School Library Journal
Gr 8 Up-Torey Adams, 16, is on the football team, is friends with all of the brightest and best in his class, and has a beautiful girlfriend. Suddenly, a class geek disappears, leaving a cryptic e-mail message for the principal that mentions Torey and some of his friends. As the novel progresses, the teen must face his fear that Chris is dead and is in the Indian burial ground behind his house. As he searches for his classmate, the town begins to suspect that he had something to do with Chris's possible murder. Although the boy is never found, dead or alive, Torey is changed forever. He begins to bond with some of the kids in town who have been labeled misfits and finds out that people are not always what they appear to be. A high school bully has a caring streak, the seemingly perfect Chief of Police has been cheating on his wife, and a childhood friend with a reputation for sleeping around turns out to be a trustworthy companion. Torey's narration takes place a year after Chris's disappearance, during which time he posted his version of the events on the Internet in hopes of finding the missing teen. The story offers mystery, a psychic, an Indian ghost, and an interesting perspective on how cruel people can be to one another. Plum-Ucci knows her audience and provides her readers with enough twists, turns, and suspense to keep them absorbed.-Kim Harris, Newman Riga Library, Churchville, NY Copyright 2000 Cahners Business Information.|
Kirkus Reviews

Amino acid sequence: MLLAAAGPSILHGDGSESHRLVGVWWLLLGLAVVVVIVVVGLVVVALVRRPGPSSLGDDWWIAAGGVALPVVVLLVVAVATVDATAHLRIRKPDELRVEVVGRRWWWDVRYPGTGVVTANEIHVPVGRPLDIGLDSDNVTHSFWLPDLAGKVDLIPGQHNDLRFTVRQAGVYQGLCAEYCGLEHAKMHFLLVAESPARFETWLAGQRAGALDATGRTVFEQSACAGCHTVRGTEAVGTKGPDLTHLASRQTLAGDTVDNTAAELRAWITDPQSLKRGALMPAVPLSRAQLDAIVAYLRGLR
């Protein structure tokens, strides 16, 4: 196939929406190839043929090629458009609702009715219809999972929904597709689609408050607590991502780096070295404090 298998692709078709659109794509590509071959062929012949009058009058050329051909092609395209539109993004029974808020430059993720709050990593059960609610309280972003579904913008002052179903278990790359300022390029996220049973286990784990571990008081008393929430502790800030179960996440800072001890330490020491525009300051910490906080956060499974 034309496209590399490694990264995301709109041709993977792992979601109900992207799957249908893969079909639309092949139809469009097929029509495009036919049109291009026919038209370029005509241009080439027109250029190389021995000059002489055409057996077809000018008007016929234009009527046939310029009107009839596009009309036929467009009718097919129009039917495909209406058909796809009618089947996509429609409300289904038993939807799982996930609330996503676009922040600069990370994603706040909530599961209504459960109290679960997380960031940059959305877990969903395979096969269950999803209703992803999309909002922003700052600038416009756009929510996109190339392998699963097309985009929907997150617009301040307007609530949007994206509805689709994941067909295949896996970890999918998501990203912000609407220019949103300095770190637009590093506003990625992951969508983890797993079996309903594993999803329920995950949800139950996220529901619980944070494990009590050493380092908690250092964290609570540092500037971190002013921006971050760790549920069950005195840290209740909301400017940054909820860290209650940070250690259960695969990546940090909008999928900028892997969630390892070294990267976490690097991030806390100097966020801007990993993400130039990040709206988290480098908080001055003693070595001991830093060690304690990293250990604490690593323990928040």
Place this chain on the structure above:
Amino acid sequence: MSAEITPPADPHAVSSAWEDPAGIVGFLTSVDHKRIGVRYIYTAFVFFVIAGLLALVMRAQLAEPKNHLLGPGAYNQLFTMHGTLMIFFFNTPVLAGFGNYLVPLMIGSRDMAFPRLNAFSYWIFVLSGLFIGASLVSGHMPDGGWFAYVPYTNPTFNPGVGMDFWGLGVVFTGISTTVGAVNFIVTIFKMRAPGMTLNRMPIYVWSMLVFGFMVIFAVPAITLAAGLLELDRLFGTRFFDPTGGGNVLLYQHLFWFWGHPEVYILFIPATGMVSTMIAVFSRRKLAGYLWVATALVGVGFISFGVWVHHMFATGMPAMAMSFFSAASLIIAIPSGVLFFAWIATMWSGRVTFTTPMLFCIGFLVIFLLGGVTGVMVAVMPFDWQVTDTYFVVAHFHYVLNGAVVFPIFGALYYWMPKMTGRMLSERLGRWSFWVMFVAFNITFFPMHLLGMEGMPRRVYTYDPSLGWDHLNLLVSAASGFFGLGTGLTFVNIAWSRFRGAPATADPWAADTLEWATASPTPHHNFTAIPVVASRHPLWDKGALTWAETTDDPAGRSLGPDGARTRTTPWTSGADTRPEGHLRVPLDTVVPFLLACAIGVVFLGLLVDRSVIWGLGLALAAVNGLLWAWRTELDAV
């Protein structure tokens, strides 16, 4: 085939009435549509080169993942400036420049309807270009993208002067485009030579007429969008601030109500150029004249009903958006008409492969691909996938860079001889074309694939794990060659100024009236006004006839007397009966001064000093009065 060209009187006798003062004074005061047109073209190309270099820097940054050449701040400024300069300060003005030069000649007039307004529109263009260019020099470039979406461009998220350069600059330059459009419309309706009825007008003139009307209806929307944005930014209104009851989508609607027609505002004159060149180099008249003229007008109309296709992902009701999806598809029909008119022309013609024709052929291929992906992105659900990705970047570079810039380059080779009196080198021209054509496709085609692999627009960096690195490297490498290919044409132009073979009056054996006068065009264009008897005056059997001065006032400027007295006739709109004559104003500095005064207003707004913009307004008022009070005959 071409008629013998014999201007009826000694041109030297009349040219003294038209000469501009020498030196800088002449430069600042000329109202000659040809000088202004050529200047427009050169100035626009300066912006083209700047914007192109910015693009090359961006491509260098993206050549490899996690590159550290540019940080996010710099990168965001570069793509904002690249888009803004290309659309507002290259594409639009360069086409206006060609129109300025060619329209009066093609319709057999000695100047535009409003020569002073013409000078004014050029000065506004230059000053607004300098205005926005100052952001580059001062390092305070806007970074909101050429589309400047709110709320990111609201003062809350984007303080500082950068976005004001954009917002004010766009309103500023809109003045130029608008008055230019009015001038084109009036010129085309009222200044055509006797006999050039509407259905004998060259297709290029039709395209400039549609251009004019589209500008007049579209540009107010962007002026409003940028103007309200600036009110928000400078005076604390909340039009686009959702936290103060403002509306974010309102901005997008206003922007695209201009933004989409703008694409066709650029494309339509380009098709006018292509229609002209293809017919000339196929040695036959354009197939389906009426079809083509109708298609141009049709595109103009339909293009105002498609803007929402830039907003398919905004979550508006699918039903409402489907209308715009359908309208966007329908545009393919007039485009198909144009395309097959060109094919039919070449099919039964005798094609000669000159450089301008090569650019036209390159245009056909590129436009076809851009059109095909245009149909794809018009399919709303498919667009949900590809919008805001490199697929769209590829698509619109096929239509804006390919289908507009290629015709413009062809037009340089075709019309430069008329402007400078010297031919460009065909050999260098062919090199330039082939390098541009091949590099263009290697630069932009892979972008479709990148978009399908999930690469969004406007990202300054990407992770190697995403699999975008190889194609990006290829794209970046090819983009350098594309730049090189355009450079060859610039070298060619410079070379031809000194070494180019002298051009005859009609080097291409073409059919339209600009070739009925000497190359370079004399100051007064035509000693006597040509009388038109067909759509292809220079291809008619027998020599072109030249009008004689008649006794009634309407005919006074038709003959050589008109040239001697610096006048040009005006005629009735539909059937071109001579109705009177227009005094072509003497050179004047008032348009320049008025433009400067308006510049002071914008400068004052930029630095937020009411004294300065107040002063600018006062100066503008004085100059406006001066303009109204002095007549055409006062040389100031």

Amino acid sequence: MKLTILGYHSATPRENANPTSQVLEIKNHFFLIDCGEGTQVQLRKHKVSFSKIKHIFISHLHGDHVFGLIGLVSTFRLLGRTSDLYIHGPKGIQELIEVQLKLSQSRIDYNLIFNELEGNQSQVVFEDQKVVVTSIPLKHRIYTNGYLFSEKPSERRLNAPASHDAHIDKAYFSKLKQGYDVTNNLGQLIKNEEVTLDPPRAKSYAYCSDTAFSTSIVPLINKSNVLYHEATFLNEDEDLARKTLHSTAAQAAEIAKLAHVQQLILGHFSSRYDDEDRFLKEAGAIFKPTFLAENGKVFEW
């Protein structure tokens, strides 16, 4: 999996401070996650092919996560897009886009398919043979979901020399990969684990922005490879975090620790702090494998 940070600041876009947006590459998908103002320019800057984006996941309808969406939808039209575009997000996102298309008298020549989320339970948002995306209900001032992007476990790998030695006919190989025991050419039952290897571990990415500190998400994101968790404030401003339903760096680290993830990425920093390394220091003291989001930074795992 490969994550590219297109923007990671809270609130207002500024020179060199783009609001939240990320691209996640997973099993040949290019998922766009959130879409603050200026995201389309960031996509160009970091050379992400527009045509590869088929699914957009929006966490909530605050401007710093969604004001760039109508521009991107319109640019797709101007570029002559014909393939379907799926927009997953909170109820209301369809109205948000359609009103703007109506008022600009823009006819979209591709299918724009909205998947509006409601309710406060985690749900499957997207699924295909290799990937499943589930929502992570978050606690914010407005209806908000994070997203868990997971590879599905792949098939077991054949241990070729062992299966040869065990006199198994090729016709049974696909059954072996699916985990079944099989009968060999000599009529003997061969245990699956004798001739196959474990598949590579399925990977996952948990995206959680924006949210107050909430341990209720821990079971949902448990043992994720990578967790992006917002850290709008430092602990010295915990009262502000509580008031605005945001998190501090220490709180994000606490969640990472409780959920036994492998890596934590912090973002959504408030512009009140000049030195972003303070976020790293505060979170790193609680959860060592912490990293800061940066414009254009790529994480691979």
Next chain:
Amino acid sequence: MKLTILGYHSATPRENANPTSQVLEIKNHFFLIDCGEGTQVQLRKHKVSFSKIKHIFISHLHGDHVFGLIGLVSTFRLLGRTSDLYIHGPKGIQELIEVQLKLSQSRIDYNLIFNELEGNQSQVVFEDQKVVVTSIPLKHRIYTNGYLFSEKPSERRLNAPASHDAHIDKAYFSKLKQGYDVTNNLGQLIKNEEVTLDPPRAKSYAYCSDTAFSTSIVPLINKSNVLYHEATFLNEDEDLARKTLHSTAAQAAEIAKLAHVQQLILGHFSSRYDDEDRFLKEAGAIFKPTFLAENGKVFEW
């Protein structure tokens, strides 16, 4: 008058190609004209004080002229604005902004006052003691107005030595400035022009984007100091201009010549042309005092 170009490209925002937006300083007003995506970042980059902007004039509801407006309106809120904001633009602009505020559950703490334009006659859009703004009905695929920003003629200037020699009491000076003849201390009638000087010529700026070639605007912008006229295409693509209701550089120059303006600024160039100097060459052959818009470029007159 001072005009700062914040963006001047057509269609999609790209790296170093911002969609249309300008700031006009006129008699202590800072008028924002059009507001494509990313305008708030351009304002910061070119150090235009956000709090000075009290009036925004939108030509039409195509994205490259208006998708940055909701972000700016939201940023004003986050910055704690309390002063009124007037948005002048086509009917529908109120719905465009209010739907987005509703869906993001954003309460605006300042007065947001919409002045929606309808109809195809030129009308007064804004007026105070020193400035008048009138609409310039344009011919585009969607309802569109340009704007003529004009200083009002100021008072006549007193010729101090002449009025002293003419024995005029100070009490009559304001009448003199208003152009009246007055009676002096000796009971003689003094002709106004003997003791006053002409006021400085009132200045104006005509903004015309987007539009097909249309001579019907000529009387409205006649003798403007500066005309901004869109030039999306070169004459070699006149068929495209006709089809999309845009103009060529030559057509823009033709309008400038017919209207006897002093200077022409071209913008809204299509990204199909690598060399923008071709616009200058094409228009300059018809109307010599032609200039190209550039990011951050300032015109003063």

Plum-Ucci makes a memorable fiction debut with this soapy tale of a teenager's disappearance from a small New Jersey town asimmer with dirty secrets. Rumors fly when despised, perennial outcast Chris Creed vanishes, leaving an ambiguous e-mail note behind. Did he run? Commit suicide? Was he kidnapped? Murdered? Suspicion quickly centers on 17-year-old Bo Richardson, a hard case with a long juvenile record—but as Bo's naïve schoolmate Alex discovers, finger-pointing is not evidence. Revelations unfold as Alex begins to look past his comfortable life and circle of superficial friends: the adults in town are still flinching over a similar disappearance a generation ago; the seemingly distraught Mrs. Creed is a control freak of the most damaging kind; a schoolmate psychologically abused by her mother's current boyfriend reveals that the local police chief is one of her mother's former ones. Most startling of all, to Alex at least, beneath Bo's brutal exterior lies a fundamental decency. Alex's insights into the fears and secrets of people around him, and the way ugly truths can be hidden by easy lies, are hard-won enough to be convincing, and the plot peaks with a gloriously icky scene in which Alex breaks his leg while breaking into an old, naturally sealed Lenape tomb, and watches a more recent corpse spontaneously decompose upon exposure to fresh oxygen. Unlike such similarly harrowing stories as Michael Cadnum's Zero at the Bone (1996) and Jean Thesman's Calling the Swan (see below), this leaves readers with hints that the missing person is still alive somewhere—but readers will understand why, if so, he's not coming out of hiding any timesoon.(Fiction. YA)